The place where we landed we judgd to be near Cabo de la Colta de Santa Bonaventura, as it is calld in the French charts, about 9 or 10 lgs to the Southward of Keer Weer. We were not ashore upon the whole more than two hours so can not be expected to have made many observations.

The Soil had all the appearance of the highest fertil[it]y but was coverd with a prodigious quantity of trees which seemd to thrive luxuriantly. Notwithstanding this the cocoa nut trees bore very small Fruit and the Plantains did not seem very thriving; the only breadfruit tree that we saw however was very large and healthy. There was very little variety of plants: we saw only 23 species every one of which was known to us, except perhaps the 1st and 2nd may prove upon comparison to be different from any of the many Species of Cyperus we have still undetermind from New Holland. Had we had axes to cut down the trees or could we have venturd into the woods we should doubtless have found more, but we had only an opportunity of examining the beach and edge of the wood. I am of opinion however that the countrey does not abound in variety of species, as I have been in no one before where I could not on a good soil have gatherd more by far with the same time and opportunity. Here follows the list:

Cyperus ....

Commerlina communis Linn.

Convolvulus Brasiliensis Linn.

Solanum nigrum Linn.

Morinda citrifolia Linn.

Chaitea Tacca Mscr.

Lobelia Plumierii Linn.

Arum macroizum Linn.

Coix Lacryma Jobi Linn.

Guilandina Bonduccela Linn.

Eugenia Butonica Mscr.

Vitex trifolia Linn.

Hibiscus tiliaceus Linn.

Glycine speciosa Mscr.

Dolichos giganteus Mscr.

Abrus precatorius Linn.

Hedysarum umbellatum Linn.

Sitodium altile Mscr.

Casuarina equisetifolia Mscr.

Musa Paradisaica Linn.

Cocos nucifera Linn.

The people as well as we could judge were nearly of the same colour as the New Hollanders, some thought rather lighter, they were certainly stark naked. Their arms that they made use of against us were very light ill made darts of Bamboo cane pinted with hard wood in which were many barbs; they may be shot them with bows but I am of opinion that they threw them with a stick something in the manner of the New Hollanders; they came beyond us about 60 yards, but not in a point blanc direction. Besides these many among them, may be a fifth part of the whole, had in their hands a short peice of stick may be hollow cane, which they swung sideways from them and immediately fire flew from it perfectly resembling the flash and smoak of a musquet and of no longer duration; for what purpose this was done is far above my guessing. They had with them several dogs who ran after them in the same manner as ours do in Europe.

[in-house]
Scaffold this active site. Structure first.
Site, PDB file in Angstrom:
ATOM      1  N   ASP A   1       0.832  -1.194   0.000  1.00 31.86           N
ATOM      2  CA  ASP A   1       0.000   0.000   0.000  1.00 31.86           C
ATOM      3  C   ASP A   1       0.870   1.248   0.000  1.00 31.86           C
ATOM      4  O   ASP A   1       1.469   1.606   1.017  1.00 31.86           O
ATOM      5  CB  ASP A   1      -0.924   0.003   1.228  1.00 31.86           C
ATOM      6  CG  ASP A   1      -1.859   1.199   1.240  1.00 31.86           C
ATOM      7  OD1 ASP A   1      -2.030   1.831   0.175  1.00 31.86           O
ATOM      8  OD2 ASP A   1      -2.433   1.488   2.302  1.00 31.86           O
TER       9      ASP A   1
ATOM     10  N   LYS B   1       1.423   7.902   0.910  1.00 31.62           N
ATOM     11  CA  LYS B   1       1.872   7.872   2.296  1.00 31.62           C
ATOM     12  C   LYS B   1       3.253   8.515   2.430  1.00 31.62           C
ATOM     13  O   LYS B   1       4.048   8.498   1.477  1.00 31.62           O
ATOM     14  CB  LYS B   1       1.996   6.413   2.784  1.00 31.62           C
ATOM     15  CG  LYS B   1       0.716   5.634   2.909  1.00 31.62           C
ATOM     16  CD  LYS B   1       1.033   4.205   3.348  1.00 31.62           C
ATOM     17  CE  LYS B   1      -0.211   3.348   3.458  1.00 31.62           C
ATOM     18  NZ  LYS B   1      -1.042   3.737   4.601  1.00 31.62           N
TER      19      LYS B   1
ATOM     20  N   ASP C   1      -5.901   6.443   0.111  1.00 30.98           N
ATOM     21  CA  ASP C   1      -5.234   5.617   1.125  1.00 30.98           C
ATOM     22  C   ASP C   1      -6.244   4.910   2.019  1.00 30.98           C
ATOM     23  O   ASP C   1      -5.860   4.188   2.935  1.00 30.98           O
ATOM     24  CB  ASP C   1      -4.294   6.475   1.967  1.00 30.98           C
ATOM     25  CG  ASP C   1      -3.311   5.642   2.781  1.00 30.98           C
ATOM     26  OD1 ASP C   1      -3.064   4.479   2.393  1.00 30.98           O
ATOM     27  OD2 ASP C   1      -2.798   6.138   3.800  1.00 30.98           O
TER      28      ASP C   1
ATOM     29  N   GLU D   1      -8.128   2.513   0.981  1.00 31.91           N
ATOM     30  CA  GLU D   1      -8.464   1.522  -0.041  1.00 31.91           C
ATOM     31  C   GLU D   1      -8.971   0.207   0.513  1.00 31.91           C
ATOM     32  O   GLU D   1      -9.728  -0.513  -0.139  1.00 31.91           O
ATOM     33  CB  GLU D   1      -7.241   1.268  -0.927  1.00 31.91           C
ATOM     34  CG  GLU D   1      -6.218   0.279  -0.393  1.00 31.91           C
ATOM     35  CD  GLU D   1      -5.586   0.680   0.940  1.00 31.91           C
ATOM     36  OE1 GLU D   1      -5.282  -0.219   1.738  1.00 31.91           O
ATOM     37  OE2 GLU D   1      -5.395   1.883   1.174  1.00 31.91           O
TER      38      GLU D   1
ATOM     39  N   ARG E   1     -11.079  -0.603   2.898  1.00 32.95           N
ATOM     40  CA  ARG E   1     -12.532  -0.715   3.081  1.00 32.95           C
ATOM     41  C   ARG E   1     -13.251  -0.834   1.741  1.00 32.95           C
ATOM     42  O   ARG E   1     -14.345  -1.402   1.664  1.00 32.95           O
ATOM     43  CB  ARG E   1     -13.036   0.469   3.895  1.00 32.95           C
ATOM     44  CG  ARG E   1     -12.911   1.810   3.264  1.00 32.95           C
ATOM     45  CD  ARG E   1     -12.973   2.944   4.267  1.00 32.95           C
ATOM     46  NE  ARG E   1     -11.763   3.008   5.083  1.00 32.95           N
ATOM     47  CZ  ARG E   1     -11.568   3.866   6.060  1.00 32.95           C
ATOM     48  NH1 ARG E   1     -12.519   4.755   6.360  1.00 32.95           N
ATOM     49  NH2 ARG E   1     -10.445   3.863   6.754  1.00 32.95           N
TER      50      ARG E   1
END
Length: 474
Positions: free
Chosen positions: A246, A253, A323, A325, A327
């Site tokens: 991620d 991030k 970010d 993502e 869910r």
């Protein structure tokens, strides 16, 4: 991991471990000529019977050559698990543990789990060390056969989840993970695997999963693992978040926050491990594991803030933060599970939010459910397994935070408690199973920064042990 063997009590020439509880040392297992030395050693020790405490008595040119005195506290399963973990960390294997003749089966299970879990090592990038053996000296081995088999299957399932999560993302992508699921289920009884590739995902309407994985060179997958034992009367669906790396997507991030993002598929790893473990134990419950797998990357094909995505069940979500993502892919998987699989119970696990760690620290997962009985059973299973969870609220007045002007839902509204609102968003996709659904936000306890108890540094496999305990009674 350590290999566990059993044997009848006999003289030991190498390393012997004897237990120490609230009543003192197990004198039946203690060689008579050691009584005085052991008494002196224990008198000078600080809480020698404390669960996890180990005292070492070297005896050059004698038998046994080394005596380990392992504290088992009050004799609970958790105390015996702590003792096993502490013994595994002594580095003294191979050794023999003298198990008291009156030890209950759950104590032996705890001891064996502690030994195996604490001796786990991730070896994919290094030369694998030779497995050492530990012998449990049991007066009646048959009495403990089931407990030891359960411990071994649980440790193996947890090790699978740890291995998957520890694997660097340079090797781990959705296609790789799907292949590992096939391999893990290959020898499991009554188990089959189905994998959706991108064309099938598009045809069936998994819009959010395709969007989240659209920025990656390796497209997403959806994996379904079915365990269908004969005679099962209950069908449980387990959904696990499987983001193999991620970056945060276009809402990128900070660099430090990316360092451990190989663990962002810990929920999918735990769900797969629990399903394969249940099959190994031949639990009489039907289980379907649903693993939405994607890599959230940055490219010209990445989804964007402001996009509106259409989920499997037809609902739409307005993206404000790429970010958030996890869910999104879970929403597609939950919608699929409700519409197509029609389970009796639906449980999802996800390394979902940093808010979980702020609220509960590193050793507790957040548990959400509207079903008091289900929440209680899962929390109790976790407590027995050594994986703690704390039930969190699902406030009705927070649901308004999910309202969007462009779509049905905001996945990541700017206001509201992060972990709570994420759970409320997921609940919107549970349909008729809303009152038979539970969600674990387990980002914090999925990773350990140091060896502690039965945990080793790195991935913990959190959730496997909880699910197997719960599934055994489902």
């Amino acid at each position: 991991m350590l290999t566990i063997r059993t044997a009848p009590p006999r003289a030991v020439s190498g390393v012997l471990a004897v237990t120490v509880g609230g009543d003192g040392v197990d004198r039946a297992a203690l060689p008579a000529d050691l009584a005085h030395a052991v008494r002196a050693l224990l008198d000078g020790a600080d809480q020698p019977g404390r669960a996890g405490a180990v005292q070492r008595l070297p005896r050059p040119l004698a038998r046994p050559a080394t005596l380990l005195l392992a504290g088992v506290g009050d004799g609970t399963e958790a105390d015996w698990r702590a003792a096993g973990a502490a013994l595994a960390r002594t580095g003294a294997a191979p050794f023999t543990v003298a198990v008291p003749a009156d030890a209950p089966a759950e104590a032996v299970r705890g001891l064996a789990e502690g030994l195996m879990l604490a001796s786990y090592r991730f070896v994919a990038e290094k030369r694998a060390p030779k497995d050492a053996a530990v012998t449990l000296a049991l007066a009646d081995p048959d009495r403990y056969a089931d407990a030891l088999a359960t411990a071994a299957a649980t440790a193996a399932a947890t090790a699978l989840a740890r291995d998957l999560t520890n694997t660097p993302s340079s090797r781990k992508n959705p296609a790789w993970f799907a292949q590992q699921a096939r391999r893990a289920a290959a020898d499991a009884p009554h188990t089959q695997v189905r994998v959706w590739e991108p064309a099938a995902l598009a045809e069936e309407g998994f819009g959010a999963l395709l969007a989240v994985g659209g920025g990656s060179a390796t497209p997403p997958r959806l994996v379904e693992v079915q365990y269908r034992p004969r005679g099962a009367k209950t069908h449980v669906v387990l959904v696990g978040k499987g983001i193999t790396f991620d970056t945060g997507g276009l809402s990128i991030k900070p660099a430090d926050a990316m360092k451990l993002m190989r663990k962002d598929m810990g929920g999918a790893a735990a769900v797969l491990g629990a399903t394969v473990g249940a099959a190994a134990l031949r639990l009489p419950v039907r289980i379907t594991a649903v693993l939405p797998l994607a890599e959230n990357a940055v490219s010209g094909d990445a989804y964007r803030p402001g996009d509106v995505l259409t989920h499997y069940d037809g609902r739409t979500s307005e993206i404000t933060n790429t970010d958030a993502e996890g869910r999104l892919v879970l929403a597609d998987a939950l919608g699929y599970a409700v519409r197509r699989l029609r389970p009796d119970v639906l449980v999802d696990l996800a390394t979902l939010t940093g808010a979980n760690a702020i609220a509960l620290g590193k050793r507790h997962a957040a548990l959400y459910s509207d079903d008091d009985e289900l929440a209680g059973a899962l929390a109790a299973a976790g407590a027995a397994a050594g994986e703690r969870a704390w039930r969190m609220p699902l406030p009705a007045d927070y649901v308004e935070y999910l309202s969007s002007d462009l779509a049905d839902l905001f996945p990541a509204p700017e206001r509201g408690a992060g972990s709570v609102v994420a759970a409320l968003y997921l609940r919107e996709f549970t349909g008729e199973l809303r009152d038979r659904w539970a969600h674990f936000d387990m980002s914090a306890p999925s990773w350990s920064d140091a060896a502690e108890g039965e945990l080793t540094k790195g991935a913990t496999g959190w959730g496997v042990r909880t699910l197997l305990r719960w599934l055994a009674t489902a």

The house or shed that we saw was very mean and poor. It consisted of 4 stakes drove into the ground, 2 being longer than the other two: over these were layd cocoa nut leaves loose and not half enough to cover it. By the cutting of these stakes as well as of the arrows or darts which they threw at us we concluded that they had no Iron among them.

As soon as ever the boat was hoisted in we made sail and steerd away from this land to the No small satisfaction of I beleive thre[e] fourths of our company the sick became well and the melancholy lookd gay. The greatest part of them were now pretty far gone with the longing for home which the Physicians have gone so far as to esteem a disease under the name of Nostalgia; indeed I can find hardly any body in the ship clear of its effects but the Captn Dr Solander and myself, indeed we three have pretty constant employment for our minds which I beleive to be the best if not the only remedy for it.